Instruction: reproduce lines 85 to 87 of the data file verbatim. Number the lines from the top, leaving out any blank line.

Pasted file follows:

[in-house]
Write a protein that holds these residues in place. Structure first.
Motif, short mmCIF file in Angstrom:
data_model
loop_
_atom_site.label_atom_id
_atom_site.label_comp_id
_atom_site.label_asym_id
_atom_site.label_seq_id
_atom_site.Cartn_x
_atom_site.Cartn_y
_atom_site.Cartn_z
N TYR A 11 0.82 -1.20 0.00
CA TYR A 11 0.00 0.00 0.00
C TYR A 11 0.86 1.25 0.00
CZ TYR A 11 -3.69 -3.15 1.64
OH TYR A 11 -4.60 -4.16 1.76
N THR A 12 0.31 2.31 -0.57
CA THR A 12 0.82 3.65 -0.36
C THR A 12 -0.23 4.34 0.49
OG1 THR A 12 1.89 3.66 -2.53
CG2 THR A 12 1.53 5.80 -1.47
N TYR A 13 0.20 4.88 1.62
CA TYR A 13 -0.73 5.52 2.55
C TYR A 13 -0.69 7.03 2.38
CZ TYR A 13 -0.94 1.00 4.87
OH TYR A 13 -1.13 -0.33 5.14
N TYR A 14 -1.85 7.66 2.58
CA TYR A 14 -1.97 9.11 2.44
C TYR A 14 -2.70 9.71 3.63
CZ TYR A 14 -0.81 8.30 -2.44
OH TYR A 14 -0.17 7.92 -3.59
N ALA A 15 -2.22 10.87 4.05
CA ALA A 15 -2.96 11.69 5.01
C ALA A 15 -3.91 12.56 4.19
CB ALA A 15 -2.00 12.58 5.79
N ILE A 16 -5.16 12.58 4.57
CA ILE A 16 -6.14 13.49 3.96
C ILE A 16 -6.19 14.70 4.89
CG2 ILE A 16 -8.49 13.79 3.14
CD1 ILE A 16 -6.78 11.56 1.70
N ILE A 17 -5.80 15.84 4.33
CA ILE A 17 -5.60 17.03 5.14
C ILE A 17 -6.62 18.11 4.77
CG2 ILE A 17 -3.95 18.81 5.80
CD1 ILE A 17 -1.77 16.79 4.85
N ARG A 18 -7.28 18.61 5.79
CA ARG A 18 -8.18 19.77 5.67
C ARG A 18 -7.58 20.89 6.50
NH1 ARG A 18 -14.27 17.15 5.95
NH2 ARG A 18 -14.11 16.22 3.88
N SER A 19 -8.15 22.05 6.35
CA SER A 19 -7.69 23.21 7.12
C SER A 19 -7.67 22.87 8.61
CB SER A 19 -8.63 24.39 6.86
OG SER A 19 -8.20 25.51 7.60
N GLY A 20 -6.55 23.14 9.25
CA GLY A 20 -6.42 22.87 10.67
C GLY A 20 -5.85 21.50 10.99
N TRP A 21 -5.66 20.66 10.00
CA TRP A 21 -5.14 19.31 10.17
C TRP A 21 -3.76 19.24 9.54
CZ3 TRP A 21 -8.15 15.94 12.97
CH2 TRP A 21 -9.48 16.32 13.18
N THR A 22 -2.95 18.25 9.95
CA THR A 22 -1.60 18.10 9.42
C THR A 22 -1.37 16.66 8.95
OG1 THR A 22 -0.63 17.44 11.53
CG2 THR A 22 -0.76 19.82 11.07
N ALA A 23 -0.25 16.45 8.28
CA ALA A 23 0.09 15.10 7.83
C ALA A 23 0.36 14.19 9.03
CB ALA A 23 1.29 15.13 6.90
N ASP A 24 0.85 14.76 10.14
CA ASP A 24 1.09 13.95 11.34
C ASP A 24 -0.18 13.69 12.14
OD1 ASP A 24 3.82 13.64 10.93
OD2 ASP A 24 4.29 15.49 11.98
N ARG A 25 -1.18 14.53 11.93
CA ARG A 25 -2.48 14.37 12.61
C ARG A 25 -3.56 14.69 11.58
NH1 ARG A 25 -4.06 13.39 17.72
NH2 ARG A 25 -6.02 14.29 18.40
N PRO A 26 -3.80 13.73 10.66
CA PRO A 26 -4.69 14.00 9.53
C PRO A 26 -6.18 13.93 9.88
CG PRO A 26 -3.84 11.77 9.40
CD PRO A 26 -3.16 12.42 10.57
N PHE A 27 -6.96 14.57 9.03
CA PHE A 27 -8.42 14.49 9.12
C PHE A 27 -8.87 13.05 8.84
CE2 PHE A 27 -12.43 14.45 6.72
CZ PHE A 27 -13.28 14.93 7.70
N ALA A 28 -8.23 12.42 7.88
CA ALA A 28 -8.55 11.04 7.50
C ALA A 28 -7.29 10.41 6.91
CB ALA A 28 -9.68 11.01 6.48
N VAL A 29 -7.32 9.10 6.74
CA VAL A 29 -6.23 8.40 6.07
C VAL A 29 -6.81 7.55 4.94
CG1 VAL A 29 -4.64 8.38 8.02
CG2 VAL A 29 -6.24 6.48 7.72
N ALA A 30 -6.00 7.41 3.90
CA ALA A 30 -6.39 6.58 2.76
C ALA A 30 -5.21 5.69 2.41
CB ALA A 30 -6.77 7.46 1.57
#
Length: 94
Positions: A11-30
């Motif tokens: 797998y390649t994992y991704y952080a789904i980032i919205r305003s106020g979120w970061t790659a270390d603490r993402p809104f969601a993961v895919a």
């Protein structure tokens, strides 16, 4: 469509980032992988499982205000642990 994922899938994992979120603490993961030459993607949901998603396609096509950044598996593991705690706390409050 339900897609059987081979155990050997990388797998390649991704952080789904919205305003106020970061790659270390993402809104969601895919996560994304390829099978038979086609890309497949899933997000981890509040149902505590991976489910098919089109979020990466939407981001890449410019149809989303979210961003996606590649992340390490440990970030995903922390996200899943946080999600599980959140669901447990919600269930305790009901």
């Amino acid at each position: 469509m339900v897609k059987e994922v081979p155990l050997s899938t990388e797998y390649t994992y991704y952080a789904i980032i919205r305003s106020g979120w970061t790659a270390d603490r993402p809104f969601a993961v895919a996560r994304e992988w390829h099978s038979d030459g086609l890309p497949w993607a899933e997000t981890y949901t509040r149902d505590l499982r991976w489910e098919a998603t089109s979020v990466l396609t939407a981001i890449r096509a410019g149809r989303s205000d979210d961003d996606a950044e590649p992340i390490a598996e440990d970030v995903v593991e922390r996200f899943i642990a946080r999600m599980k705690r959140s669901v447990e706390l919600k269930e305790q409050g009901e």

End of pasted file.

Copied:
CA PRO A 26 -4.69 14.00 9.53
C PRO A 26 -6.18 13.93 9.88
CG PRO A 26 -3.84 11.77 9.40